- Join with the other members of your group and make a list of incidents where Biddy and his fellow teammates experience prejudice and discrimination. Are any of the examples on your list still around today? Explain.
- Biddy's journal is filled with examples of just how much he loves the game of baseball. If you were to write a journal about the sport or hobby you enjoy most, what would be the subject of that journal? What is it about the sport or hobby that makes you love it so much?
- When the Barons go to Mobile, Alabama, Biddy meets a fourteen-year-old batboy named Hank Aaron. Biddy says of Aaron, "He's right-handed but he held the bat with his left hand on top of his right hand. I told him he'd probably break his wrist that way, but he kept on doing it. Not too bright." Look at the National Baseball Hall of Fame Web site to see what became of this former batboy.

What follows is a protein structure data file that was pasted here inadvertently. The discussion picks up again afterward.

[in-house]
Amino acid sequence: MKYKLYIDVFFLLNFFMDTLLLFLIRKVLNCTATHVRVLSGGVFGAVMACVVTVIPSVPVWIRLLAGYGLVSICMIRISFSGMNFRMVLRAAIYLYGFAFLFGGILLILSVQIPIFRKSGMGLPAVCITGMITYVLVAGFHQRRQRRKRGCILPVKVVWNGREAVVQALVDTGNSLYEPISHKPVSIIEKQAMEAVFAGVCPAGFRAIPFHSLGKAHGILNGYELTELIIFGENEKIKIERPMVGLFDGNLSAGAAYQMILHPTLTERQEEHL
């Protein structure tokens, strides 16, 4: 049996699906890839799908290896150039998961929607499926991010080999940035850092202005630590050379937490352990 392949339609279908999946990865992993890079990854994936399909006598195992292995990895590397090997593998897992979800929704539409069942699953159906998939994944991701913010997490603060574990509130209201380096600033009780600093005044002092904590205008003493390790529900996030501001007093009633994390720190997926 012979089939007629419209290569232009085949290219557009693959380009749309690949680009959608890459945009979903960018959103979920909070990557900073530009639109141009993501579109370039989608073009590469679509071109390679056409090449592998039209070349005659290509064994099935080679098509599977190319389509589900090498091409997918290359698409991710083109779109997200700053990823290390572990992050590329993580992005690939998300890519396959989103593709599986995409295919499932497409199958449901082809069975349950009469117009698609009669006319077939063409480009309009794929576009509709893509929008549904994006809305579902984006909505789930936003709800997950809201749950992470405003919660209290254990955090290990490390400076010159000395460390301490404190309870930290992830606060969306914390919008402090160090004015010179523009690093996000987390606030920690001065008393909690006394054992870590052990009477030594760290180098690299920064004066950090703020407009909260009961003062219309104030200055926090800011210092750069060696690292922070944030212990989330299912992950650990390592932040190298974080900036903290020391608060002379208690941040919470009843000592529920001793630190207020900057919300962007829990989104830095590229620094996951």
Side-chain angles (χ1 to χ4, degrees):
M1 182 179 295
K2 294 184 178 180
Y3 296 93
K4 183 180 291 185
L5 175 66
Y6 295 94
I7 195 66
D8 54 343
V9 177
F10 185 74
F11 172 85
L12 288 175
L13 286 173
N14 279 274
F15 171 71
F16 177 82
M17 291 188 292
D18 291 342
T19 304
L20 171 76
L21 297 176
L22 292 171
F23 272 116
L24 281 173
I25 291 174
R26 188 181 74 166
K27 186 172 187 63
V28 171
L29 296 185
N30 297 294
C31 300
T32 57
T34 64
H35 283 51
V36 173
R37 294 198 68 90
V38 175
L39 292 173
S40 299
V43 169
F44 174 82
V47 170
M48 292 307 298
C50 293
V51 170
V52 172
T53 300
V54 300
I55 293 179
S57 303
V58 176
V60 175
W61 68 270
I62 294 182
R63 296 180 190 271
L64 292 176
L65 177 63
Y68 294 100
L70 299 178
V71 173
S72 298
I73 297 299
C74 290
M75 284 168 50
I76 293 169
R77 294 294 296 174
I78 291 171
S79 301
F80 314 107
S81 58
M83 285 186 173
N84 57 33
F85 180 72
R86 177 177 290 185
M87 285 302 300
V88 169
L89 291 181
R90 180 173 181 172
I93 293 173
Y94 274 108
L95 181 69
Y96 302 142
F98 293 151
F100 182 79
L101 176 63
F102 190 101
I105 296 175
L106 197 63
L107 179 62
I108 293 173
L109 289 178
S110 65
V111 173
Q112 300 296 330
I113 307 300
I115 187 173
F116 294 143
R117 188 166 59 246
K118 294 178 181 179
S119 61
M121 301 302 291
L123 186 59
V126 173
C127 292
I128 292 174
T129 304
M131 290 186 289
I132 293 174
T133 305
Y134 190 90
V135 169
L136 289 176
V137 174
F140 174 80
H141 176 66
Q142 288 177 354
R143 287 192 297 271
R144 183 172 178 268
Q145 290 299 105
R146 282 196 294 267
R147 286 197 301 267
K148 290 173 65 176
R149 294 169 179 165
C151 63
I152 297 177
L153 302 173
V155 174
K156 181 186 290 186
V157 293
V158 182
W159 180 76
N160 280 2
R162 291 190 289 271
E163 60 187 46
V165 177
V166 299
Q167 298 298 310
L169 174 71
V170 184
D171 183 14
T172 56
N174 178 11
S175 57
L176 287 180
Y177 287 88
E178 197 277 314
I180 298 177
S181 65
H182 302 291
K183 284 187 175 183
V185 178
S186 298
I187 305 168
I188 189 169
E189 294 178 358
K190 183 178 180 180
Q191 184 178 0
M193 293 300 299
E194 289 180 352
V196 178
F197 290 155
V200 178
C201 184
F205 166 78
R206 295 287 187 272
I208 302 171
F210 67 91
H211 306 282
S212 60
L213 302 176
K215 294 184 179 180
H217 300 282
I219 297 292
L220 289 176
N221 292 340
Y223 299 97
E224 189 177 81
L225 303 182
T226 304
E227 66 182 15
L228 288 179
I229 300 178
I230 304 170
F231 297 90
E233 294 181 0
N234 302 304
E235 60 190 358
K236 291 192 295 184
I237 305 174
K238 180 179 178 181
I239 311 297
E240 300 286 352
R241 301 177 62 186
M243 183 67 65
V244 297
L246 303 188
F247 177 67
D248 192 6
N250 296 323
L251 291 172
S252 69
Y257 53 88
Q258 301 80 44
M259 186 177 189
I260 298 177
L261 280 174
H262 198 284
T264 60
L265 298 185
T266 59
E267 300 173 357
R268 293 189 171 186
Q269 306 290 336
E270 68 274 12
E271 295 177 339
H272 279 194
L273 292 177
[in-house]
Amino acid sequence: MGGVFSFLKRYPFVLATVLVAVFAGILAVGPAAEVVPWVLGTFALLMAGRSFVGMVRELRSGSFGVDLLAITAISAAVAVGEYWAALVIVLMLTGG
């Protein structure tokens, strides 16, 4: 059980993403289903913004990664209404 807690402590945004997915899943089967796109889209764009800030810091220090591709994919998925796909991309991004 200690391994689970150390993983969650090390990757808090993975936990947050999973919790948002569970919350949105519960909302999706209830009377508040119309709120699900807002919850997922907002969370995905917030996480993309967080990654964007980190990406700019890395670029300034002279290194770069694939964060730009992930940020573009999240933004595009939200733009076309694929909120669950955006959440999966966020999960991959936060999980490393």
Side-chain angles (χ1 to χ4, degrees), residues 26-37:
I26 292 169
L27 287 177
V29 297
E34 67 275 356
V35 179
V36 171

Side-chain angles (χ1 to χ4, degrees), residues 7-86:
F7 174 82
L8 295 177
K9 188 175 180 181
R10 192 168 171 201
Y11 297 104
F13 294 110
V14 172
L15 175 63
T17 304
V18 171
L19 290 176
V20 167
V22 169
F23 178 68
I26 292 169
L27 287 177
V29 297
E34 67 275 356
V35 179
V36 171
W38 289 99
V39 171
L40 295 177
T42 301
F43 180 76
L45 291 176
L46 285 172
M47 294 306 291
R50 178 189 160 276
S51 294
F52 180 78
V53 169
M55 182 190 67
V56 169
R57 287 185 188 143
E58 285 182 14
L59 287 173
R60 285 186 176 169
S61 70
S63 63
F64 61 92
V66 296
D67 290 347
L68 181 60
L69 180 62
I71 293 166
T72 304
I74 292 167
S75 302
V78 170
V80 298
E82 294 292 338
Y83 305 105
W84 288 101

- According to Biddy's story, the game of baseball was played during the Civil War and even before. Find out how and where the game of baseball began.
- Read The Journal of Scott Pendleton Collins: A World War II Soldier , also by Walter Dean Myers. What instances of prejudice or discrimination do you find? How are Biddy and Scott alike? How are they different?
Discussion Guide written by Richard F. Abrahamson, Ph.D., Professor of Literature for Children and Young Adults, University of Houston and Eleanore S. Tyson, Ed.D., Clinical Assistant Professor, University of Houston, Department of Curriculum and Instruction. Houston, Texas.